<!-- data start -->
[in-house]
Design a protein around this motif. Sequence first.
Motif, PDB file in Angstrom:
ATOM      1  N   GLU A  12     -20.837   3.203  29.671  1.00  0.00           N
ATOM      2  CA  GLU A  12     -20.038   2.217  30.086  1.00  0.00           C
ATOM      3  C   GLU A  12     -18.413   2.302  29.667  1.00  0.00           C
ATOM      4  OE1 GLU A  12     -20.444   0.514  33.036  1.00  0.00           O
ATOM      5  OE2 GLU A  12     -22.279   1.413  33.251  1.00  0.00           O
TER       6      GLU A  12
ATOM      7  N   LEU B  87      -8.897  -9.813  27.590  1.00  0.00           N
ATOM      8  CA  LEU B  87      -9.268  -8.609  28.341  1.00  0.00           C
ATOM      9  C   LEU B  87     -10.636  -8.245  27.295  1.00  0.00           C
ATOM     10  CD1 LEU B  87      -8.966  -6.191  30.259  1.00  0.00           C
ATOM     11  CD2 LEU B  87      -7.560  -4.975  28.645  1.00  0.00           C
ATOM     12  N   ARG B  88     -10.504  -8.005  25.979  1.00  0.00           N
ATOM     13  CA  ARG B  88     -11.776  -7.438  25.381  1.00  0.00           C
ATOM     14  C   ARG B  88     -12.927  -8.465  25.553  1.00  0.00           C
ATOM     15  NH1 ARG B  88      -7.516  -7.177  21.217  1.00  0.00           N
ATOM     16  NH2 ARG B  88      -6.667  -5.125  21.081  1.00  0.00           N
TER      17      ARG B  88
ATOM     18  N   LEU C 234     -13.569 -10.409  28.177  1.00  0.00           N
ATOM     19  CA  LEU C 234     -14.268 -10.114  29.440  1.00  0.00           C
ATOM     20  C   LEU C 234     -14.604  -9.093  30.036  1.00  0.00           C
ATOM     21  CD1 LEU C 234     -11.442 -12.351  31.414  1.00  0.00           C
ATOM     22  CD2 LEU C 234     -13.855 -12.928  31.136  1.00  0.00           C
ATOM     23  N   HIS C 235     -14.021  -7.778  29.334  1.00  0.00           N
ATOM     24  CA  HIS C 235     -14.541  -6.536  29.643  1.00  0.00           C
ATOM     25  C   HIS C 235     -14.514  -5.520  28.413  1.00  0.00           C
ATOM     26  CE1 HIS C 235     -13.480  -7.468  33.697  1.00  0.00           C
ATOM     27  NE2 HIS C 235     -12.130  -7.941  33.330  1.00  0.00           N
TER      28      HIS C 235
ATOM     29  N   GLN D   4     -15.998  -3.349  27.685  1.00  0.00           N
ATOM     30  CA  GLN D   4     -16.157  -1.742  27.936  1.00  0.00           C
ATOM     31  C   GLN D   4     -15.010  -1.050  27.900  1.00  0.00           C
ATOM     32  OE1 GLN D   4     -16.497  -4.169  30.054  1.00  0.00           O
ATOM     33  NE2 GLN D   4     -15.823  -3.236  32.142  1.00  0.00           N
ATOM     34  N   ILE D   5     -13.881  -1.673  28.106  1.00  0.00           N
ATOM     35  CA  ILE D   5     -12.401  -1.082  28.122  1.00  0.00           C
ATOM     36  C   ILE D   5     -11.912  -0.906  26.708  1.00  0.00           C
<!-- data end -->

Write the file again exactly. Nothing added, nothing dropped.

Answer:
[in-house]
Design a protein around this motif. Sequence first.
Motif, PDB file in Angstrom:
ATOM      1  N   GLU A  12     -20.837   3.203  29.671  1.00  0.00           N
ATOM      2  CA  GLU A  12     -20.038   2.217  30.086  1.00  0.00           C
ATOM      3  C   GLU A  12     -18.413   2.302  29.667  1.00  0.00           C
ATOM      4  OE1 GLU A  12     -20.444   0.514  33.036  1.00  0.00           O
ATOM      5  OE2 GLU A  12     -22.279   1.413  33.251  1.00  0.00           O
TER       6      GLU A  12
ATOM      7  N   LEU B  87      -8.897  -9.813  27.590  1.00  0.00           N
ATOM      8  CA  LEU B  87      -9.268  -8.609  28.341  1.00  0.00           C
ATOM      9  C   LEU B  87     -10.636  -8.245  27.295  1.00  0.00           C
ATOM     10  CD1 LEU B  87      -8.966  -6.191  30.259  1.00  0.00           C
ATOM     11  CD2 LEU B  87      -7.560  -4.975  28.645  1.00  0.00           C
ATOM     12  N   ARG B  88     -10.504  -8.005  25.979  1.00  0.00           N
ATOM     13  CA  ARG B  88     -11.776  -7.438  25.381  1.00  0.00           C
ATOM     14  C   ARG B  88     -12.927  -8.465  25.553  1.00  0.00           C
ATOM     15  NH1 ARG B  88      -7.516  -7.177  21.217  1.00  0.00           N
ATOM     16  NH2 ARG B  88      -6.667  -5.125  21.081  1.00  0.00           N
TER      17      ARG B  88
ATOM     18  N   LEU C 234     -13.569 -10.409  28.177  1.00  0.00           N
ATOM     19  CA  LEU C 234     -14.268 -10.114  29.440  1.00  0.00           C
ATOM     20  C   LEU C 234     -14.604  -9.093  30.036  1.00  0.00           C
ATOM     21  CD1 LEU C 234     -11.442 -12.351  31.414  1.00  0.00           C
ATOM     22  CD2 LEU C 234     -13.855 -12.928  31.136  1.00  0.00           C
ATOM     23  N   HIS C 235     -14.021  -7.778  29.334  1.00  0.00           N
ATOM     24  CA  HIS C 235     -14.541  -6.536  29.643  1.00  0.00           C
ATOM     25  C   HIS C 235     -14.514  -5.520  28.413  1.00  0.00           C
ATOM     26  CE1 HIS C 235     -13.480  -7.468  33.697  1.00  0.00           C
ATOM     27  NE2 HIS C 235     -12.130  -7.941  33.330  1.00  0.00           N
TER      28      HIS C 235
ATOM     29  N   GLN D   4     -15.998  -3.349  27.685  1.00  0.00           N
ATOM     30  CA  GLN D   4     -16.157  -1.742  27.936  1.00  0.00           C
ATOM     31  C   GLN D   4     -15.010  -1.050  27.900  1.00  0.00           C
ATOM     32  OE1 GLN D   4     -16.497  -4.169  30.054  1.00  0.00           O
ATOM     33  NE2 GLN D   4     -15.823  -3.236  32.142  1.00  0.00           N
ATOM     34  N   ILE D   5     -13.881  -1.673  28.106  1.00  0.00           N
ATOM     35  CA  ILE D   5     -12.401  -1.082  28.122  1.00  0.00           C
ATOM     36  C   ILE D   5     -11.912  -0.906  26.708  1.00  0.00           C